Wednesday, June 23, 2010

PANIC IN THE STREETS - (Elia Kazan, 1950)

After going to see the new version of A Nightmare On Elm St last night, I was in need of something tasty to fill the gaping hole inside me, and this was just the ticket. Oh, for the days when popular entertainments were shot with panache and villains wore pants high as the eye could see…

The basic plot is, a shady stowaway foreigner crawls out of a ship in New Orleans with a bad case of pneumonic (first cousin of bubonic) plague, but before he can keel over and die he gets into an argument over a card game with a fabulous trio of hoods (one jittery stubble scratching dago, one sweaty fat man with a white suit and handkerchief for dabbing, and one scar faced eight foot psycho) and gets himself prematurely deaded. The next morning Public Health Service man Dr Clint Reed (Richard Widmark) examines the body and realizes that if they don’t find and inoculate the killers asap it’s hello Black Death all over again.
From there it’s a frantic mix of race against time detective action, hard-boiled film noir style underworld milieu and disaster time political confrontation as Widmark and the skeptical police captain (Paul Douglas) scour the city trying to track down the rapidly double-crossing hoods and convince the mayor not to leak the story to the press and risk the infection fleeing town with the killers.
It’s good and tough and everybody plays their parts beautifully (New Orleans included), but Jack Palance completely steals the show as Blackie, the menacing, gargantuan killer who is kind to Irish Midgets and a sucker for a pretty dame in a mink shawl.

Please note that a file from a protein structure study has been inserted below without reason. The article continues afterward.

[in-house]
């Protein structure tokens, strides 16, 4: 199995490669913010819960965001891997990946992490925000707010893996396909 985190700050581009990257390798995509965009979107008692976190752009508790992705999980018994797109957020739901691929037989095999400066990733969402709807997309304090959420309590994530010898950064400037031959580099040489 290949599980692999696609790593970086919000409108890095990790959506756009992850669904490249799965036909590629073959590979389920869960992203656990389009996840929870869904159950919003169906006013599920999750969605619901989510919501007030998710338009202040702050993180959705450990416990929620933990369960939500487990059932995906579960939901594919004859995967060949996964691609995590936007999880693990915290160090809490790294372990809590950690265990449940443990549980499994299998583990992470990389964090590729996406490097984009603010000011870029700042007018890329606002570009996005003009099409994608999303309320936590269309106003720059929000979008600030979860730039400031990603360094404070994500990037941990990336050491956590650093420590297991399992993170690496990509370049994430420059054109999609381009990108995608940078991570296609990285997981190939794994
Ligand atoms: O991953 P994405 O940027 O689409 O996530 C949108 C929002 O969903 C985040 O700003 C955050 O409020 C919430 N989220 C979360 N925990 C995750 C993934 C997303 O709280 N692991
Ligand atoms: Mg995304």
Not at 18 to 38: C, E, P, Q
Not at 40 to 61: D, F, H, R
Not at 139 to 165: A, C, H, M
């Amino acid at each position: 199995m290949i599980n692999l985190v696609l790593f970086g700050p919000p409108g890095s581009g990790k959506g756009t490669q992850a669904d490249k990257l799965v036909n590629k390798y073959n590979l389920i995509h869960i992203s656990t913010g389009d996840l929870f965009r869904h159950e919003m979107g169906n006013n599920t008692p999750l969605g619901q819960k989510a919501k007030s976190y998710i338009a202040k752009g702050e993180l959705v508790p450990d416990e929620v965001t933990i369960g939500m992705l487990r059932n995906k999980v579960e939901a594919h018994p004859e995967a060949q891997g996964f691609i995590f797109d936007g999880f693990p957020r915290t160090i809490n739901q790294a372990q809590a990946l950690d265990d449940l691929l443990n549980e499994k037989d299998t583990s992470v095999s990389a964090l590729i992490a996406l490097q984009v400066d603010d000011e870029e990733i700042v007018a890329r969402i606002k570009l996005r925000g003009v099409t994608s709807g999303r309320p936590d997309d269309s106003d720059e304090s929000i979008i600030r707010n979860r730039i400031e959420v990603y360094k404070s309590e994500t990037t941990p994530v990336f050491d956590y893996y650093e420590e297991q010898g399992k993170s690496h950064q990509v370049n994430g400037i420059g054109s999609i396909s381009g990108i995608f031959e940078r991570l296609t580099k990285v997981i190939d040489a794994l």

Palance was a pro boxer until Hitler invaded Poland and his WWII bomber crashed and burned, leaving him with a reconstructed face that was perfect for playing creepy Hollywood villains. By the time he was an old man he’d kind of grown into the face, but in Panic In The Streets, his first film, he looks like a corpse that’s just too tough to actually die, in a suit so sharp and pants so high they boggle the imagination. Unfortunately he has jacket buttoned up in the only clip i could find, but just trust me and see the movie, it’s great and those pants are the high pants equivalent of Wayne Cochran's hair...

PS You can find Palance in Robert Mitchum's biography from last week, flipping tables over at angry Mexican general’s as bullets fly around the bar…

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